(f) revenue offices other than village revenue officers known as lambardars, malguzars, patels, deshmukhs or by any other name, whose duty is to collect land revenue and who are remunerated by a share of, or commission on, the amount of land revenue collected by them but who do not discharge any police functions; and

(g) such other class of persons in the service of the Government as may be prescribed.

123(8). Booth capturing by a candidate or his agent or other person.

135-A. Offence of booth capturing:--

Whoever commits an offence of booth capturing shall be punishable with imprisonment for a term which shall not be less than six months but which may extend to two years and with fine, and where such offence is committed by a person in the service of the Government, he shall be punishable with imprisonment for a term which shall not be less than one year but which may extend to three years and with fine.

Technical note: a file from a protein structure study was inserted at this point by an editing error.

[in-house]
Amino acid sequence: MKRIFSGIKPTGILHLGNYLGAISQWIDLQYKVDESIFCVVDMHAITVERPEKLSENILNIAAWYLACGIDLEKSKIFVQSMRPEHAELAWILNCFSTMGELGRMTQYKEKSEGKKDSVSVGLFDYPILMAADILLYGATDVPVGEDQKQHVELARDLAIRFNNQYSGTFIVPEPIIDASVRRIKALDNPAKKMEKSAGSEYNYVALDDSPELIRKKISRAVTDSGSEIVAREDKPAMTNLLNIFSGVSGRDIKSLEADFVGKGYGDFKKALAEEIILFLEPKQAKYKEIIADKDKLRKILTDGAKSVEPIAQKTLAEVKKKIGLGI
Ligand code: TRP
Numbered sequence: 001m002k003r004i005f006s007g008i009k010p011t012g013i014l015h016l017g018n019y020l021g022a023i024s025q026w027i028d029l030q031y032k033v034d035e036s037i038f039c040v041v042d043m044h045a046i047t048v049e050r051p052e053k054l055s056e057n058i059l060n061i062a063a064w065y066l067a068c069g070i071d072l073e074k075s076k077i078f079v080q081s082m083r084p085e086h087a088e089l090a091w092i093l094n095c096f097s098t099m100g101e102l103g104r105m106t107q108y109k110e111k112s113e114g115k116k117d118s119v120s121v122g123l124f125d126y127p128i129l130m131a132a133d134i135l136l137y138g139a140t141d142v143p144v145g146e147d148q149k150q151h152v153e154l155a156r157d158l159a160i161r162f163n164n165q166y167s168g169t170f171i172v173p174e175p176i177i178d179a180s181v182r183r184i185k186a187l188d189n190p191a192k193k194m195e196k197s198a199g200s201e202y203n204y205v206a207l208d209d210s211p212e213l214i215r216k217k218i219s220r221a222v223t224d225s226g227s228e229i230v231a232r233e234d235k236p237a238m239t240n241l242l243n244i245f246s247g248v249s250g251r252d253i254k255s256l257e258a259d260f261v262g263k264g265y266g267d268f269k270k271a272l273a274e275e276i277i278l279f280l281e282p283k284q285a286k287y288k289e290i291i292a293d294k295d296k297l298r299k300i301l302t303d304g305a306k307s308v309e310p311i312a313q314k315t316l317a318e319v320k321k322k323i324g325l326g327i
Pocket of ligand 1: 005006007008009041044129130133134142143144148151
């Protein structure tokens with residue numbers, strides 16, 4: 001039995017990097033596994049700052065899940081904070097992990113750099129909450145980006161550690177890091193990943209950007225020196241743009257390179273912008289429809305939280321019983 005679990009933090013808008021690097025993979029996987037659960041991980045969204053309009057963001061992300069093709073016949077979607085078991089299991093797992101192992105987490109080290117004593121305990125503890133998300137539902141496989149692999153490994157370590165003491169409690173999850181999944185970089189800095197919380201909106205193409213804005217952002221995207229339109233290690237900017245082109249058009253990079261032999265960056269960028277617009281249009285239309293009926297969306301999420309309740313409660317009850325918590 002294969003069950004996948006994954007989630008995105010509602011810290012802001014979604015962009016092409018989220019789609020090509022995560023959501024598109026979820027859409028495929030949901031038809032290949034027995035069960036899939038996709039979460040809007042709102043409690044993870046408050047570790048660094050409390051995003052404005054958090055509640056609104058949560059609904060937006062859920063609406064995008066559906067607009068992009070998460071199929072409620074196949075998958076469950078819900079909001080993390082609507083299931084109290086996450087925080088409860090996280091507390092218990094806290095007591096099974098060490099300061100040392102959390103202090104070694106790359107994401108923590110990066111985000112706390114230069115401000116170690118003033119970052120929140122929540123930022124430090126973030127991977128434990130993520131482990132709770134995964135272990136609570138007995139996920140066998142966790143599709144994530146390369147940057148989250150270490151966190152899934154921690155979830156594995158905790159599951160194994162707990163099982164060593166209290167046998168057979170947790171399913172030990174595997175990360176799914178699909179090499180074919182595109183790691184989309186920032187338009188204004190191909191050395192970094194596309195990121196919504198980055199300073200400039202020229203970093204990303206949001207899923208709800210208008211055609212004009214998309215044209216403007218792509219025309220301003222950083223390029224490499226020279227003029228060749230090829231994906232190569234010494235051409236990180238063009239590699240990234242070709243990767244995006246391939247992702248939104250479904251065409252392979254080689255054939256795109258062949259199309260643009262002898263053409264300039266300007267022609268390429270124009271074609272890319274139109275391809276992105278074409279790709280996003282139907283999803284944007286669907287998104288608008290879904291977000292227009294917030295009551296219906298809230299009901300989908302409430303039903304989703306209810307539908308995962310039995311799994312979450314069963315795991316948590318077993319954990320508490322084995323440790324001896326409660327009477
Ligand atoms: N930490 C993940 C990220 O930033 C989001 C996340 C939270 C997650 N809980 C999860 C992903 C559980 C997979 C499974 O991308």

xxx xxx xxx (d) seizure of a place for counting of votes by any person or persons, making the counting authorities surrender the ballot papers or voting machines and the doing of anything which affects the orderly counting of votes;

(e) doing by any person in the service of Government, of all or any of the aforesaid activities or aiding or conniving at, any such activity in the furtherance of the prospects of the election of a candidate." (Emphasis supplied)